FIG. 4 is a flow chart representative of the operation of the CPU during each interactive loop of operation of the apparatus. Note that the individual steps may be chosen to suit the design needs in so far as the basic operation of the device is concerned; however, this invention is concerned with only those steps which are not common to the operation of all LCD type depth finders, thus, only those steps which are material to the invention will be discussed. As may be seen in FIG. 4, the flow chart indicates a decision step immediately upon entering the loop at "Demo(?)" This relates to the tutorial and demonstration aspects of the device which are explained in U.S. patent Ser. No. 07/380,796 now U.S. Pat. No. 4,943,951 , owned by the common assignee which is incorporated herein by reference. It should be noted that the "Demo(?)" decision is controlled by the users input via the keypad 26 as explained in the referenced document.
Assuming that the demo mode is not selected, the apparatus begins sounding, wherein acoustic waves output by the transducer are reflected from underwater objects, detected by the transducer and amplified by the receiver for input into the CPU which translates the input signal into statistical data. As may be seen in FIG. 5, the sounding operation allows our apparatus to discriminate between salt and fresh water by varying the sampling rate. This is accomplished by varying a timer in the CPU which initiates the data transfer from the peak hold amp 37 to the CPU. The timer allows the CPU to sample at a rate such that SS /fS =SF =1/4 feet in the instant device, however, a different depth increment may be selected as long as SS /fS =SF /fF
Thus, during each cycle of operation as indicated by the flow chart, the sounding operation would set the timer for the appropriate environment.
Selection of the appropriate environment is a choice left up to the operator who makes the information available to the depth finder by pressing key 27e of FIG. 1, which is one of the command state keys which allow the operator to vary a mode of operation. As shown in FIG. 4 & 6, the CPU is required to check commands from the keypad 26 during each cycle. If no command key has been entered, then the CPU returns to the main loop. If the salt metric key 27e has been entered, then the CPU checks to see if the command state corresponding to key 27e or any other command state is active. The CPU can be prepared to hold a state as active for a predetermined time for purposes illustrated hereinafter. If no state is active, the CPU determines which key is entered and sets the command state is corresponding thereto as an active state. If key 27e is entered, the mode of the depth finder is changed and the command state is set to active. If the command state corresponds to key 27e is already set to active, then the CPU determines whether key 27e has been entered. If not, then the salt/metric mode is not affected. If the salt metric key has been entered, then the mode is toggled. As may be seen in FIG. 5, the two related binary mode selection give four distant operating modes, which are selected sequentially, e.g. fresh and English, then salt and English, then salt and metric, then fresh and metric. Each time the key 27e is depressed the mode changes to the next mode.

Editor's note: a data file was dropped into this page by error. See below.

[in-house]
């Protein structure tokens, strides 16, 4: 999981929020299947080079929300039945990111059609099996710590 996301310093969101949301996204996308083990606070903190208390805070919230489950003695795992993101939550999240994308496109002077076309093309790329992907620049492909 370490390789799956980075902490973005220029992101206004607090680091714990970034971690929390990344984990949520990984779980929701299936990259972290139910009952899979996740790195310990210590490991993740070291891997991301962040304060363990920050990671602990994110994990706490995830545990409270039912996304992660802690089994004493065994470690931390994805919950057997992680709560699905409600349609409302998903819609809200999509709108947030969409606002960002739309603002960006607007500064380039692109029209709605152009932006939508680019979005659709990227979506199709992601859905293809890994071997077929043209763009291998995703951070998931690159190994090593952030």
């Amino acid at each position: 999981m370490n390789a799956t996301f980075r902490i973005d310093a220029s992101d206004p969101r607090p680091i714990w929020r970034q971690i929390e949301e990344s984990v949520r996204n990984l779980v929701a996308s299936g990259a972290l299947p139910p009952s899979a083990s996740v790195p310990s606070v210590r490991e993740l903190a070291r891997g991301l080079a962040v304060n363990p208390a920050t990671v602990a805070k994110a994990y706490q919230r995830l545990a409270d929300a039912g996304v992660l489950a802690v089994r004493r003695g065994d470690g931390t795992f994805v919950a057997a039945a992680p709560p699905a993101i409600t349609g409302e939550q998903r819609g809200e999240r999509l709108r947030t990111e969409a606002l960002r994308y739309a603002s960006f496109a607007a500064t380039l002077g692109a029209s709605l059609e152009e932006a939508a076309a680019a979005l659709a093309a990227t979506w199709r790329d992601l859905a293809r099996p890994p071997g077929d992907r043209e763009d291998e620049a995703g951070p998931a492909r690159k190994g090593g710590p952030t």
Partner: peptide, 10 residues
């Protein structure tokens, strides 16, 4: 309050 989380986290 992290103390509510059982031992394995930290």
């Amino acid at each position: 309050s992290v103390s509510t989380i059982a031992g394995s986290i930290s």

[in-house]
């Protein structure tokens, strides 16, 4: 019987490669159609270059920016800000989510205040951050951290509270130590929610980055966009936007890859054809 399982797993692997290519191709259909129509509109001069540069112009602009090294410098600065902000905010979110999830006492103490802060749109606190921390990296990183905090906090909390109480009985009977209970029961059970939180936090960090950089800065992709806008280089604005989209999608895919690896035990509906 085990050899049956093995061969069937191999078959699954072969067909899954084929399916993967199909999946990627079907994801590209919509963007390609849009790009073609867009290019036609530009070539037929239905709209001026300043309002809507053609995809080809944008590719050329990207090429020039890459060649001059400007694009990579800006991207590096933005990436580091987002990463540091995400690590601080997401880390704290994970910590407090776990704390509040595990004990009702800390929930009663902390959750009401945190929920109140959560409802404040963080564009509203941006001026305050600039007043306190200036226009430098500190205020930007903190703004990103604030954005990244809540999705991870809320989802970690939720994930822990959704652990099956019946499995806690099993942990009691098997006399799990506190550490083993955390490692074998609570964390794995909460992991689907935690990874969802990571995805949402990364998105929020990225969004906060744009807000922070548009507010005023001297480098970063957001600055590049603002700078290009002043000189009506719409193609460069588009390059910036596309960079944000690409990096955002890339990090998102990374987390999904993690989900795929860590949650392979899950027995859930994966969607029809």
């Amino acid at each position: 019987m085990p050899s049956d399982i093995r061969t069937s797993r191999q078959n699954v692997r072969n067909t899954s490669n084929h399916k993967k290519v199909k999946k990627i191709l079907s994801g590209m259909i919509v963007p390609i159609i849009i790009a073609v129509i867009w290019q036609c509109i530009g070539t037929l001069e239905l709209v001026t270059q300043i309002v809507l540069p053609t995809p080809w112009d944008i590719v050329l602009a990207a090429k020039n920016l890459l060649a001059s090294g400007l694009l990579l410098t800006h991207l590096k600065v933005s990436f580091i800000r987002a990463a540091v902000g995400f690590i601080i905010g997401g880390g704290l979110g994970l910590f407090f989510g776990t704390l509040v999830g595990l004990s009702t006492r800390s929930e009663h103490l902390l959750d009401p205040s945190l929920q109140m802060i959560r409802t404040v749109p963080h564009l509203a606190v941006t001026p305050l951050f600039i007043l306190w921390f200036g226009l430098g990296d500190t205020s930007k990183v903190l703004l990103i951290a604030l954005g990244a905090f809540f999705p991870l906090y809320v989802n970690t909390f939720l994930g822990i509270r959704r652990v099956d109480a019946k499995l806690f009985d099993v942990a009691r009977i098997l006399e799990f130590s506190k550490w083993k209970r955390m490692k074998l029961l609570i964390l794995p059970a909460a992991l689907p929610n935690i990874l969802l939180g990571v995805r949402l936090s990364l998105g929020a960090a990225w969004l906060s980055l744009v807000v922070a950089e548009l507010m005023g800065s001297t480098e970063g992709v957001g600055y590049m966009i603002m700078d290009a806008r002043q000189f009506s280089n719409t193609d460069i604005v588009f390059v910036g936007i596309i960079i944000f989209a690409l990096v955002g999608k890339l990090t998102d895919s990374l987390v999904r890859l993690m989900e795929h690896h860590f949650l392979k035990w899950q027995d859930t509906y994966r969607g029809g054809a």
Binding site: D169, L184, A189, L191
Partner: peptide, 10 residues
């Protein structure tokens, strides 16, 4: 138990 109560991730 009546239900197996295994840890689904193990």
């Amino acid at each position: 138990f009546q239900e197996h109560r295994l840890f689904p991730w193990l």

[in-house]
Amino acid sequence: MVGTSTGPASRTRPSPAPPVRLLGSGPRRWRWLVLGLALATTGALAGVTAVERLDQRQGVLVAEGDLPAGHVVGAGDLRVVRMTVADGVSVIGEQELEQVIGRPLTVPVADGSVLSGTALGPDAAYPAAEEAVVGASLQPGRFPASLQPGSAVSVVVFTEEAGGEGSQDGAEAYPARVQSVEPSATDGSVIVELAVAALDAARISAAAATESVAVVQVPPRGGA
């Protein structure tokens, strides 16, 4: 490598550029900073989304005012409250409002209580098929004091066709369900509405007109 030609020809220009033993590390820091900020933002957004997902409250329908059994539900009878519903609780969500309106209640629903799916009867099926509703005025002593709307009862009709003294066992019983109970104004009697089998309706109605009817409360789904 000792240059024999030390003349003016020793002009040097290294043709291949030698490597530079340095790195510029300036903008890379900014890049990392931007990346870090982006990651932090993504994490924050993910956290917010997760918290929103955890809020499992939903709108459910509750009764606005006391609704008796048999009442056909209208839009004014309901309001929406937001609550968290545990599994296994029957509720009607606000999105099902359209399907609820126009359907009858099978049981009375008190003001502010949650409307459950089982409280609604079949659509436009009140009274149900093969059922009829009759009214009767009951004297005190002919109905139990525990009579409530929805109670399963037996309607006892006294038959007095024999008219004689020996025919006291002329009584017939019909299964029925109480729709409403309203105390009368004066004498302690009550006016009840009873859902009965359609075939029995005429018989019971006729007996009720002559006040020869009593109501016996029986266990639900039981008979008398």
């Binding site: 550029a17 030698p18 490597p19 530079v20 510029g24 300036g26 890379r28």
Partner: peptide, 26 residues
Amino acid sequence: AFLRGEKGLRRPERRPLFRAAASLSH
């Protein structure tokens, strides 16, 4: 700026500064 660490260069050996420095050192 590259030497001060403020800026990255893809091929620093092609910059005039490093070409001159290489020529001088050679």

Note that when the English/metric selection is made using key 27e, the set scale factor loop in FIG. 7 causes the scale factor for relating measurements in pixels on the display 13 to physical depth increments to change. The scale factor depends on the measurement mode and the depth range currently in effect. The selection of the correct scale factor is conveniently accomplished using a table in the CPU containing the precalculated scale factor for each possible depth range. The table contains data for the complete set of English and metric depth ranges. The selected scale factor is applied by the CPU to format the graphical data on the display screen 13. Annunciation on the display 13 indicate the currently effective settings for example "salt" and "metric" where appropriate.